However, anticipating comparisons to Dazzle Ships for the English Electric album, for the interview with The Quietus, Andy McCluskey commented: “I cannot believe that no one actually spotted where Decimal comes from. 1975, before Kraftwerk released the Radioactivity [sic] album, and before we’d ever released anything: Einstein On The Beach by Philip Glass. That’s the most obvious reference”.
The video for Decimal is the work of a young German animator and graphic designer called Henning M. Lederer.
The animation uses the earlier variation of the English Electric sleeve artwork to ‘bookend’ the video. The design concept of the animation is a variation of one of Lederer’s earlier works from 2003, Net.mation which can be seen here: http://www.led-r-r.net/netmation/netmation.htm
Stay With Me
The original title of this track was Idea 3 (following on from the History Of Modern-era tracks Idea 1 and Idea 2).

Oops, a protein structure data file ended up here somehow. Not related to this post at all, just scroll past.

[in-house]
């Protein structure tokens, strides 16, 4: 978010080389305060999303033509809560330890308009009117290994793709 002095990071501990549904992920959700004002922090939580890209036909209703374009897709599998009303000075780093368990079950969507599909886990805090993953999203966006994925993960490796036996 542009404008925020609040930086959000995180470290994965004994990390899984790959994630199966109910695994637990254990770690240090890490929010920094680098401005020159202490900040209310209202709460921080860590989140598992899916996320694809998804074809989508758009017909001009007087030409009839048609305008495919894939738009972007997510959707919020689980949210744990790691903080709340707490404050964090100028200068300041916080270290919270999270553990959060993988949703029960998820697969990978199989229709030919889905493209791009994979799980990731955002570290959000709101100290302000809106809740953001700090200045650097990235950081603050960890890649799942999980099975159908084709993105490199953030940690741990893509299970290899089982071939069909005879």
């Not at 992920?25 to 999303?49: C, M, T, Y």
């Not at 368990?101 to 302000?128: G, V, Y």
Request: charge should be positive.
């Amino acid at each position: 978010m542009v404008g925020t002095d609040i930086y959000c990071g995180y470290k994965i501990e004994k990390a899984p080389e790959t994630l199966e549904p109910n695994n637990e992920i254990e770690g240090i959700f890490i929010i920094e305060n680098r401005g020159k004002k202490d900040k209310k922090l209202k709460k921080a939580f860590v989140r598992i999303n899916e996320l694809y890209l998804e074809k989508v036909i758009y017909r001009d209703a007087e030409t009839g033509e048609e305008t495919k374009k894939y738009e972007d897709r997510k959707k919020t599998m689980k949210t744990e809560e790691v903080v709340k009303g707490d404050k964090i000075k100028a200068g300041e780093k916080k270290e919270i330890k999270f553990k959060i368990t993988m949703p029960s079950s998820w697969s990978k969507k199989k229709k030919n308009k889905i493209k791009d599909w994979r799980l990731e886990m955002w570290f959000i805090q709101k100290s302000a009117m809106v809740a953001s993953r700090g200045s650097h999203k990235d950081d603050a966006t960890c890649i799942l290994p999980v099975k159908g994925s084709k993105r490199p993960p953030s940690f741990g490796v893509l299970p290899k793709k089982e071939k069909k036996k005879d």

Dresden dates back to 2010 and originally emerged during the History Of Modern sessions. However, the song lacked lyrics at the time so wasn’t considered for the final tracklisting for that album.
Described by Andy McCluskey as “very OMD”, Dresden is the follow-up single to Metroland. Andy also commented on the song as being “radio friendly”.
The single, released on 20th May includes B-side Time Burns, in addition to remixes by John Foxx And The Maths, Mike Jolly and Bounce Darkside, while the iTunes bundle comes with a reworking by Zebra and Snake.
Dresden is a German city that suffered significant damage during the Second World War after controversial bombing raids by Allied forces.